my Cyprus, my Κύπρος, my Kıbrıs

Contact Theory

Keep calm and you know the subject. Credit: Old Nicosia Revealed

Checkpoints bursting with endless queues of Greek Cypriot-plated cars leading each other to cheaper fuel; interacting and engaging with Turkish Cypriots and Turks along the way.

Some might say that these people are simply taking advantage of the weak TL. The optimists among us though see something else.

I am an eternal optimist.

The optimists among us see the Contact Theory unfolding before our eyes; these people are breaking down barriers and inadvertently shedding their inhibitions and fears.

They say that the Contact Theory is one of the best ways to improve relations among groups that are experiencing conflict.

As someone who belongs to the Turkish Cypriot community, and grew up surrounded by at least Turkish Cypriot relatives, it may seem that I’m not the ideal person to be covering this topic. However, I beg to differ.

I need the Contact Theory as much as any Greek Cypriot who still continues to hold steadfast to their beliefs of not crossing to the other side (I have explored the many complex reasons here).

I need it because knowing one Turkish Cypriot or having one Turkish Cypriot friend is not enough. I know that this will never be enough to open my mind, so I can lay claim to the term ‘open-mindedness’. Subsequently, I also don’t feel I can lay claim to understanding everything about the other community.

Like many things, even the Contact Theory is a journey, a process and sometimes there may be no end in sight. I consider my own journey into exploring my identity, expressed throughout this blog, as unending. My blog is three years old now, but there are always new topics to explore, new ways of looking at things and incidents that must be spoken about.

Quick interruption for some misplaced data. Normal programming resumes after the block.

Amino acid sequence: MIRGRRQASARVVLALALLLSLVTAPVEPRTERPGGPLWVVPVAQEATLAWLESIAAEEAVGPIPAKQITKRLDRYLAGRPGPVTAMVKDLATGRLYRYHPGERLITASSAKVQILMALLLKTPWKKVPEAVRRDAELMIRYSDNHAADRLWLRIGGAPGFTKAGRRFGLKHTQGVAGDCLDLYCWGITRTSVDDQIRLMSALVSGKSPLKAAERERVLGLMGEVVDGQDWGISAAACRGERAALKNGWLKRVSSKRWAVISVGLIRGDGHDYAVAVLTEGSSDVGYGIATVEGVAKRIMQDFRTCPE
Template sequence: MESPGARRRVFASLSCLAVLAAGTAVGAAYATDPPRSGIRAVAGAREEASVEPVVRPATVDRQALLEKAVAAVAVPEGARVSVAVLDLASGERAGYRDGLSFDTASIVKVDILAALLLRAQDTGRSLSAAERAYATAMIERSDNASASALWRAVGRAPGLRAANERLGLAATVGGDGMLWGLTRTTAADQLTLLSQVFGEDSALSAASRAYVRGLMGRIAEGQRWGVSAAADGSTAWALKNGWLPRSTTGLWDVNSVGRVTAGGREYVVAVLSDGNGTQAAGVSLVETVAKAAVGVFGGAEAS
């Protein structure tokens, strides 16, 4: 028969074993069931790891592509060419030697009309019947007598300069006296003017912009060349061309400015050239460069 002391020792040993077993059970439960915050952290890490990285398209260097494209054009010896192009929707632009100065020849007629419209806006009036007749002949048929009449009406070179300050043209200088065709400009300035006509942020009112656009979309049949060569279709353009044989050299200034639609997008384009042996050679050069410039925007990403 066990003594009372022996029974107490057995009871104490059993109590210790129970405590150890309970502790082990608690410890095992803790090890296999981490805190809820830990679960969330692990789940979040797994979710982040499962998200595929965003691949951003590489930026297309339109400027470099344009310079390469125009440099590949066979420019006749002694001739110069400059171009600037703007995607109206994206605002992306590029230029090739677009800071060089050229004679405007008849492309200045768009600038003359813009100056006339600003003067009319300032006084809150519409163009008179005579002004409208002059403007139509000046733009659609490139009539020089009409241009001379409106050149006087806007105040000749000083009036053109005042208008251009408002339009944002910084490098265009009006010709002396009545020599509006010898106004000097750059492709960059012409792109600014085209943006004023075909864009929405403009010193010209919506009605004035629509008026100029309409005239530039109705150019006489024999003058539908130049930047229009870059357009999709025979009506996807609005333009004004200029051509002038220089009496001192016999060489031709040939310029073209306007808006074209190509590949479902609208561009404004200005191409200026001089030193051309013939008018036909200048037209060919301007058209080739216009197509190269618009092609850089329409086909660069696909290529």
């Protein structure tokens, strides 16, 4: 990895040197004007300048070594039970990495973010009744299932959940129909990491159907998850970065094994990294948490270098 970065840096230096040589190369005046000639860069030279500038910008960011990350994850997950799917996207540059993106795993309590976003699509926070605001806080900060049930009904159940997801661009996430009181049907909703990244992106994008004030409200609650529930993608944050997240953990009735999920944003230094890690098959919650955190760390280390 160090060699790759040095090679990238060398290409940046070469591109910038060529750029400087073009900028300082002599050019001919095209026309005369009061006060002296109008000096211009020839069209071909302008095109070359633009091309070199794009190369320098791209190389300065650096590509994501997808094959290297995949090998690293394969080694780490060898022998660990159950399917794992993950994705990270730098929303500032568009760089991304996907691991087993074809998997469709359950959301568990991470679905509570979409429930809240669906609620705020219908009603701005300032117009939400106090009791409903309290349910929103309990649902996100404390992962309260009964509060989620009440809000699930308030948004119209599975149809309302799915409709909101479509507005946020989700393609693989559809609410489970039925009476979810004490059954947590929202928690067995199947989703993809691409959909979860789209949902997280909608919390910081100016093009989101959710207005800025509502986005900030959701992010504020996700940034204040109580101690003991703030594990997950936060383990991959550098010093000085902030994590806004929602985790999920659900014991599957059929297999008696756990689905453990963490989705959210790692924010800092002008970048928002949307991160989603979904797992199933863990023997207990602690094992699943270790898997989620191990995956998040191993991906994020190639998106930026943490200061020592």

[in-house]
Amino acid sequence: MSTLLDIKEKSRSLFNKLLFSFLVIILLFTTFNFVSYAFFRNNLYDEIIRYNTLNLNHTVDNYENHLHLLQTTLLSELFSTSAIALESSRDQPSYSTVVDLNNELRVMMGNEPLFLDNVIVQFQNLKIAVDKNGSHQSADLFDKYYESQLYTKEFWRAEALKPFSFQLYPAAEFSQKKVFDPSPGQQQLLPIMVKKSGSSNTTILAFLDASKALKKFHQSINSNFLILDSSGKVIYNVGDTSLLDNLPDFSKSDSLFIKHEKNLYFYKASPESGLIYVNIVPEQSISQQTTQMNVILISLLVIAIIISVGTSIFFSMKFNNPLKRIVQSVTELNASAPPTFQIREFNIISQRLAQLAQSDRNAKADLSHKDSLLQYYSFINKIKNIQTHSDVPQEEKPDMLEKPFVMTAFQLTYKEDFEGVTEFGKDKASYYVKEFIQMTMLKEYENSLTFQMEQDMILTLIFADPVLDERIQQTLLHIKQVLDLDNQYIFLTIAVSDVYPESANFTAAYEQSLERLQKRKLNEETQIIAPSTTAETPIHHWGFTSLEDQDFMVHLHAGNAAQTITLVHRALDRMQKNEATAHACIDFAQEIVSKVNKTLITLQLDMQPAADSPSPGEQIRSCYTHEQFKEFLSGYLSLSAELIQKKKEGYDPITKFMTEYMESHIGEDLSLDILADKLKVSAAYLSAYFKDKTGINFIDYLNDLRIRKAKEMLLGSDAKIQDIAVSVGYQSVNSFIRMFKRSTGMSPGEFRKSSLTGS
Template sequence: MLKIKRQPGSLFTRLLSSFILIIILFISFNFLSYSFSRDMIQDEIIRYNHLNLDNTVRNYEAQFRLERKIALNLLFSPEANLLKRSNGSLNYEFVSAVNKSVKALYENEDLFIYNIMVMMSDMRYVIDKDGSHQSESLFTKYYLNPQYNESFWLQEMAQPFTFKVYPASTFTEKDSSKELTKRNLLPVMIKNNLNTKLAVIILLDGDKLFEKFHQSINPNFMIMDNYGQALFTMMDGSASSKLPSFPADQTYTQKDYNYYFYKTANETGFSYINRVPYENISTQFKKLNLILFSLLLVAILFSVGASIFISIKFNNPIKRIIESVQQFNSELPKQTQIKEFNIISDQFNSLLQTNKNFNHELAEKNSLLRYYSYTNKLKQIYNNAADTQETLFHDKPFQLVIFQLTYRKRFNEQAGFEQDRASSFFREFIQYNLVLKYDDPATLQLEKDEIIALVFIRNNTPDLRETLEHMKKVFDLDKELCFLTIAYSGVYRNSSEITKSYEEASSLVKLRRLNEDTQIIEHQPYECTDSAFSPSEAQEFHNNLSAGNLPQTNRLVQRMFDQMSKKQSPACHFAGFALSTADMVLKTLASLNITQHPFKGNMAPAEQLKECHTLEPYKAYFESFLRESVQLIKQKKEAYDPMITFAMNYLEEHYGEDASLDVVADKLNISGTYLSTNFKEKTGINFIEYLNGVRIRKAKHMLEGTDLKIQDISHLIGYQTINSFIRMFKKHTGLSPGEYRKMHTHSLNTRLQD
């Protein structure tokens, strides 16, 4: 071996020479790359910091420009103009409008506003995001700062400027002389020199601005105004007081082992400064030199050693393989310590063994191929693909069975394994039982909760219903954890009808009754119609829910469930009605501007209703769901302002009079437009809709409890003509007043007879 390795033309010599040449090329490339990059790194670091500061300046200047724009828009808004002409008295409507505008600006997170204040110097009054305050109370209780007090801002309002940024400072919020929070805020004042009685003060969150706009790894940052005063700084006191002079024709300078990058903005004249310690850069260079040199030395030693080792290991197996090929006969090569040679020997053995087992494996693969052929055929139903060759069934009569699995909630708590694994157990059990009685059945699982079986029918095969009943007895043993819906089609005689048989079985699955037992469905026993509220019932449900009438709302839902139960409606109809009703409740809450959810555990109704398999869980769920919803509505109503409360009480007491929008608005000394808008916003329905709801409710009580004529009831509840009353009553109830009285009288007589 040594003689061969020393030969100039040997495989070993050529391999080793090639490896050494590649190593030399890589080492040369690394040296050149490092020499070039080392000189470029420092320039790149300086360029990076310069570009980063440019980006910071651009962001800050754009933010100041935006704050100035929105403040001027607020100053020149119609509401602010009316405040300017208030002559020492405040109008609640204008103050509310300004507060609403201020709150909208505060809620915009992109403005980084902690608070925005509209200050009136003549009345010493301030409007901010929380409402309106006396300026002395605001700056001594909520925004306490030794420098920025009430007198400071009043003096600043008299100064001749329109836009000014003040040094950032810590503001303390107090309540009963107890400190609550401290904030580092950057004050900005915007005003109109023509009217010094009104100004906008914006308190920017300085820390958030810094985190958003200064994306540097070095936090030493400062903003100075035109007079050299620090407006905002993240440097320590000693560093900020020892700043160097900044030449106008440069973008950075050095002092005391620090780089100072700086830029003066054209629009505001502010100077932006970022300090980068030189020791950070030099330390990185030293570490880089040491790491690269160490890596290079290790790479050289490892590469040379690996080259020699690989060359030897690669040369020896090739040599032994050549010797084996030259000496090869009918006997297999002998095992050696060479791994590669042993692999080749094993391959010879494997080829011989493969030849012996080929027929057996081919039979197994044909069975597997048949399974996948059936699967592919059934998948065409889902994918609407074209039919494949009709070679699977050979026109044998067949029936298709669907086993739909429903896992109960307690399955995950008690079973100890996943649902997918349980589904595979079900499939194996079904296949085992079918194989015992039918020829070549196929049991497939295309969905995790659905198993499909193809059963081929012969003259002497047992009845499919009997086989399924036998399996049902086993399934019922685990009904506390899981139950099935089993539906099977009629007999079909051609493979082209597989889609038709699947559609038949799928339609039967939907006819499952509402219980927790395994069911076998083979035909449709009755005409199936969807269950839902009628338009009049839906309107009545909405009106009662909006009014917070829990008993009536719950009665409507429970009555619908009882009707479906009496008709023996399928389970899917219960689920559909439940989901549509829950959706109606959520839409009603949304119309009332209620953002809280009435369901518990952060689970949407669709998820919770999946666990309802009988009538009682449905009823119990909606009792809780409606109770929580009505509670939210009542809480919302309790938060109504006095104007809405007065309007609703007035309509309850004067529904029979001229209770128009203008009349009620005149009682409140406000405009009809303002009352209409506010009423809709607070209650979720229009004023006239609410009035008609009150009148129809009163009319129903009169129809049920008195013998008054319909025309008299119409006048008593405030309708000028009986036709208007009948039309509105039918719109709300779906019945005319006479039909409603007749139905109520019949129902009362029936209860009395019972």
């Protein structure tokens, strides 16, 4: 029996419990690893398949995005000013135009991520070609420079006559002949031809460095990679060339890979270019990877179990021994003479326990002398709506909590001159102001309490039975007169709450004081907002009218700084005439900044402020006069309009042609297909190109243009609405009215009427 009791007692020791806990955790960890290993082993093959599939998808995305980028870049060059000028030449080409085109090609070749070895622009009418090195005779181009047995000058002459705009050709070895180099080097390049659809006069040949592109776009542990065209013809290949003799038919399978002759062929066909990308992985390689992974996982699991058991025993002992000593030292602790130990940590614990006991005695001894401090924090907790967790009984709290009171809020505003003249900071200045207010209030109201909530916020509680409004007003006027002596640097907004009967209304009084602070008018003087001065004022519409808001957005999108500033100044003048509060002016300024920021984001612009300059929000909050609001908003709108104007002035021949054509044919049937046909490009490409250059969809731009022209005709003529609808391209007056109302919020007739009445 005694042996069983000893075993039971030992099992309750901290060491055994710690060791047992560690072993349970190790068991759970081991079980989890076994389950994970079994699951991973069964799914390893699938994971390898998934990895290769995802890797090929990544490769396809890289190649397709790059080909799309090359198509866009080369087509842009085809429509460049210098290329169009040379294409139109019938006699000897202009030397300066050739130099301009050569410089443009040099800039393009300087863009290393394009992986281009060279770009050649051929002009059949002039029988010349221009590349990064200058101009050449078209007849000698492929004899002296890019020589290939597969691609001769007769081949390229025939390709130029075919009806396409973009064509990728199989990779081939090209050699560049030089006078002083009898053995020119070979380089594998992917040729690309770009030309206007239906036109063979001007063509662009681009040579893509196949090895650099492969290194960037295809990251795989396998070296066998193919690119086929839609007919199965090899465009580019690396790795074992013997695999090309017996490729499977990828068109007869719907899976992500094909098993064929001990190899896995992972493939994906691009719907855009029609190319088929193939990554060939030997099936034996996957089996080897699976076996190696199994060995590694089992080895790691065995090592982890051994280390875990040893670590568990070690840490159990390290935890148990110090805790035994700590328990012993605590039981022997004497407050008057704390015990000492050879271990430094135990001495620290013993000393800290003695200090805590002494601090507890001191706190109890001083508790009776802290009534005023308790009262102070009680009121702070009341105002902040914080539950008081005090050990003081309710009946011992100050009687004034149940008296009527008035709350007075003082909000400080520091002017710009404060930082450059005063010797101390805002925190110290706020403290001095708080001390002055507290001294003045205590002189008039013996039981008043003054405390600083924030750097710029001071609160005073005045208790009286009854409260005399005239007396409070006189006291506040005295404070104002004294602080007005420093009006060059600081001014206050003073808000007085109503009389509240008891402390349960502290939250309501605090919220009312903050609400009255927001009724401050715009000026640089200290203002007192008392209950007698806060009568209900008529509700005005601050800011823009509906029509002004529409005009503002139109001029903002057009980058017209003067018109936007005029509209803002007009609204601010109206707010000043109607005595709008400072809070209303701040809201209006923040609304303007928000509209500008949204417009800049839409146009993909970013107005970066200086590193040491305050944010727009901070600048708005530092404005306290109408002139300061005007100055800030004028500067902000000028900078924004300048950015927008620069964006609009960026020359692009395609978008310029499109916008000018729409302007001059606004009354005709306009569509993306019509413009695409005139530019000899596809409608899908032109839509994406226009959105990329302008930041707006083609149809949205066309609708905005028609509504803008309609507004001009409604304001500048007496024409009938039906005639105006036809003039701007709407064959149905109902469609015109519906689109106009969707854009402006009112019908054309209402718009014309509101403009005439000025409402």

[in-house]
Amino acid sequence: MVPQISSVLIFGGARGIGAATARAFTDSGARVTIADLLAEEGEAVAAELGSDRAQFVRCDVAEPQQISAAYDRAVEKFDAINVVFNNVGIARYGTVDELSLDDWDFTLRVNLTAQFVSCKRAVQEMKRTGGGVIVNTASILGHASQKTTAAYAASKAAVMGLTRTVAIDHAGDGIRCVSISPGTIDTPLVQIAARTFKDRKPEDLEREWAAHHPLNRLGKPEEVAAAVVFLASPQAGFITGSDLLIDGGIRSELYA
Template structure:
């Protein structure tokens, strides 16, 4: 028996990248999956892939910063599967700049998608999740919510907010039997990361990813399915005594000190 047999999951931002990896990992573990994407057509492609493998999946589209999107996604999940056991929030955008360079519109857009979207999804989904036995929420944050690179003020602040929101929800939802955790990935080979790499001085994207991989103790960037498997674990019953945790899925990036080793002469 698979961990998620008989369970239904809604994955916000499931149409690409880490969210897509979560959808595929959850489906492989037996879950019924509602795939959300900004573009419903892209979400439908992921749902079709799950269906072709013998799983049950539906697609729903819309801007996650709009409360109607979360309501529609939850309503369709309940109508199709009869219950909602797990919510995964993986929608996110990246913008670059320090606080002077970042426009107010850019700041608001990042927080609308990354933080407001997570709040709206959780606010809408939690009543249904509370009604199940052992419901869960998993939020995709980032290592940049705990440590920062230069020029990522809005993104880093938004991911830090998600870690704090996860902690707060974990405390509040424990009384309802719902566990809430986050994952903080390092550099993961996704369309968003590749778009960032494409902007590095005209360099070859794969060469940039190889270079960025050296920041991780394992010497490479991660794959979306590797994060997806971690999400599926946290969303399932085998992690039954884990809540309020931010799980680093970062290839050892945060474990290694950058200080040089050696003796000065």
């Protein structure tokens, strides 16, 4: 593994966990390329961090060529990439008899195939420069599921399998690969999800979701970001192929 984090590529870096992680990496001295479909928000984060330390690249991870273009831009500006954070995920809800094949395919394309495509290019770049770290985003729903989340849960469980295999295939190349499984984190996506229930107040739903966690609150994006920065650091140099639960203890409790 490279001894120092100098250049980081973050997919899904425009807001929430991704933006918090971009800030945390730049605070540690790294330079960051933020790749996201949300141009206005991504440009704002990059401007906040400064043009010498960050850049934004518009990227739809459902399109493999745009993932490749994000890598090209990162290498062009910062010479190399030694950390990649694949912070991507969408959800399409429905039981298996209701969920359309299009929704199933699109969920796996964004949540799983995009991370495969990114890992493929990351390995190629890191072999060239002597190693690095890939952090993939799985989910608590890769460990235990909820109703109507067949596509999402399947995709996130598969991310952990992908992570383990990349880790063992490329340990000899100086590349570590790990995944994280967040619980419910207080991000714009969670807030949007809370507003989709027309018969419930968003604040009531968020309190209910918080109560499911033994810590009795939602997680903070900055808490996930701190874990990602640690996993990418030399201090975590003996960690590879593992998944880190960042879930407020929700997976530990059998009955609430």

Perhaps the end point is when we can understand the island’s past and present from the viewpoint of all its communities (Greek Cypriot, Turkish Cypriot, Latins, Armenians and Maronites)? When we realise that being a ‘Cypriot’ refers to all these communities and not just the community that constitutes the majority. Or perhaps it’s when our rhetoric changes to reflect neutrality and sympathy as opposed to one that legitimises one state and condemns another (raises one people and condemns another)?

My own experience with the Contact Theory began in part last October when I joined Kıbrıs Havaları/Cyprus Songs Association, headed by the legendary Selçuk Garanti. Apart from the utter and complete joy that comes from singing and most importantly, singing in both the Greek and Turkish Cypriot dialects, I had the much-needed opportunity of being around Turkish Cypriots every week. We rehearsed together every week and took part in festivals mainly across the north of the island throughout the year. We spent time together, sharing stories, feelings and experiences.

Perhaps you’ve heard this story before? And perhaps you’ve heard it so many times that it has begun to sound somewhat trite. Whether it sounds trite or not though, the Contact Theory is THE solution to the Cyprus problem, at least from us, the people.

 

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